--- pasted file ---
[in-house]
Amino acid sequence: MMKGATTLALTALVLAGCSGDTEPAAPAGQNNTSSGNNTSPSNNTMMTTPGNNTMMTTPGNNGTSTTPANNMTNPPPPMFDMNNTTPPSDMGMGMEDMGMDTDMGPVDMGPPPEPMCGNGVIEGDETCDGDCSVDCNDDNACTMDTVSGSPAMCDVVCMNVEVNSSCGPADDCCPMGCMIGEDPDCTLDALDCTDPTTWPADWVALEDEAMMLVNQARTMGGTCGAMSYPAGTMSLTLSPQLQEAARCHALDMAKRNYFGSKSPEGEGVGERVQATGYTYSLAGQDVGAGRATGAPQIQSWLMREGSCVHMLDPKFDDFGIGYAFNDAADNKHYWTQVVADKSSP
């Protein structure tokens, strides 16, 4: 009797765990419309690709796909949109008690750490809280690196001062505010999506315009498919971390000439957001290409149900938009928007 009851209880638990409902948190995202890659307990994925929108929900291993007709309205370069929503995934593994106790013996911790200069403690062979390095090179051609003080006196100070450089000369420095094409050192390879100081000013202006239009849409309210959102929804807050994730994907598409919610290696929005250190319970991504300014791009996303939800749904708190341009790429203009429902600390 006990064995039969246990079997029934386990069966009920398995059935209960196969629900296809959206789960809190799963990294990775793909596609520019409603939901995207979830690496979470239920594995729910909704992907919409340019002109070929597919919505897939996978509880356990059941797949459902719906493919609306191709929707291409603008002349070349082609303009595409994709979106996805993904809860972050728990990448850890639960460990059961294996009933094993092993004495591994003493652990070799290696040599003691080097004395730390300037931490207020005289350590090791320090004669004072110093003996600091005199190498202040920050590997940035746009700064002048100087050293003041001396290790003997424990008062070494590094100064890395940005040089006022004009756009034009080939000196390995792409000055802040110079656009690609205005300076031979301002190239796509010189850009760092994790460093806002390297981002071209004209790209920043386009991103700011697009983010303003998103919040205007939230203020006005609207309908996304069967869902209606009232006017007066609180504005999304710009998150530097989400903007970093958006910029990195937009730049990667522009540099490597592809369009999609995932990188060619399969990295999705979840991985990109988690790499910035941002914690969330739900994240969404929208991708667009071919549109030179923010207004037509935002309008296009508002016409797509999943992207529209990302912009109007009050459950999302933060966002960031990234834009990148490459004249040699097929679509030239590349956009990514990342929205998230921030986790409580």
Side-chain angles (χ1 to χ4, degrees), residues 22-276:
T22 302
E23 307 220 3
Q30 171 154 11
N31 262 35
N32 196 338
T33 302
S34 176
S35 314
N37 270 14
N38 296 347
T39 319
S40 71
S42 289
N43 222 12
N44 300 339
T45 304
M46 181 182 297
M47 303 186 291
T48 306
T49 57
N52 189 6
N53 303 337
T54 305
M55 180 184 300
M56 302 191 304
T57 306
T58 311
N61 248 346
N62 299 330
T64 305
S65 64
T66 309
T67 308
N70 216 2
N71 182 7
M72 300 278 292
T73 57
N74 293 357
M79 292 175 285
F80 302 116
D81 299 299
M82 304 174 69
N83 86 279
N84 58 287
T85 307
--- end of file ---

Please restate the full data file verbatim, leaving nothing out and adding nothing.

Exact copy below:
[in-house]
Amino acid sequence: MMKGATTLALTALVLAGCSGDTEPAAPAGQNNTSSGNNTSPSNNTMMTTPGNNTMMTTPGNNGTSTTPANNMTNPPPPMFDMNNTTPPSDMGMGMEDMGMDTDMGPVDMGPPPEPMCGNGVIEGDETCDGDCSVDCNDDNACTMDTVSGSPAMCDVVCMNVEVNSSCGPADDCCPMGCMIGEDPDCTLDALDCTDPTTWPADWVALEDEAMMLVNQARTMGGTCGAMSYPAGTMSLTLSPQLQEAARCHALDMAKRNYFGSKSPEGEGVGERVQATGYTYSLAGQDVGAGRATGAPQIQSWLMREGSCVHMLDPKFDDFGIGYAFNDAADNKHYWTQVVADKSSP
């Protein structure tokens, strides 16, 4: 009797765990419309690709796909949109008690750490809280690196001062505010999506315009498919971390000439957001290409149900938009928007 009851209880638990409902948190995202890659307990994925929108929900291993007709309205370069929503995934593994106790013996911790200069403690062979390095090179051609003080006196100070450089000369420095094409050192390879100081000013202006239009849409309210959102929804807050994730994907598409919610290696929005250190319970991504300014791009996303939800749904708190341009790429203009429902600390 006990064995039969246990079997029934386990069966009920398995059935209960196969629900296809959206789960809190799963990294990775793909596609520019409603939901995207979830690496979470239920594995729910909704992907919409340019002109070929597919919505897939996978509880356990059941797949459902719906493919609306191709929707291409603008002349070349082609303009595409994709979106996805993904809860972050728990990448850890639960460990059961294996009933094993092993004495591994003493652990070799290696040599003691080097004395730390300037931490207020005289350590090791320090004669004072110093003996600091005199190498202040920050590997940035746009700064002048100087050293003041001396290790003997424990008062070494590094100064890395940005040089006022004009756009034009080939000196390995792409000055802040110079656009690609205005300076031979301002190239796509010189850009760092994790460093806002390297981002071209004209790209920043386009991103700011697009983010303003998103919040205007939230203020006005609207309908996304069967869902209606009232006017007066609180504005999304710009998150530097989400903007970093958006910029990195937009730049990667522009540099490597592809369009999609995932990188060619399969990295999705979840991985990109988690790499910035941002914690969330739900994240969404929208991708667009071919549109030179923010207004037509935002309008296009508002016409797509999943992207529209990302912009109007009050459950999302933060966002960031990234834009990148490459004249040699097929679509030239590349956009990514990342929205998230921030986790409580």
Side-chain angles (χ1 to χ4, degrees), residues 22-276:
T22 302
E23 307 220 3
Q30 171 154 11
N31 262 35
N32 196 338
T33 302
S34 176
S35 314
N37 270 14
N38 296 347
T39 319
S40 71
S42 289
N43 222 12
N44 300 339
T45 304
M46 181 182 297
M47 303 186 291
T48 306
T49 57
N52 189 6
N53 303 337
T54 305
M55 180 184 300
M56 302 191 304
T57 306
T58 311
N61 248 346
N62 299 330
T64 305
S65 64
T66 309
T67 308
N70 216 2
N71 182 7
M72 300 278 292
T73 57
N74 293 357
M79 292 175 285
F80 302 116
D81 299 299
M82 304 174 69
N83 86 279
N84 58 287
T85 307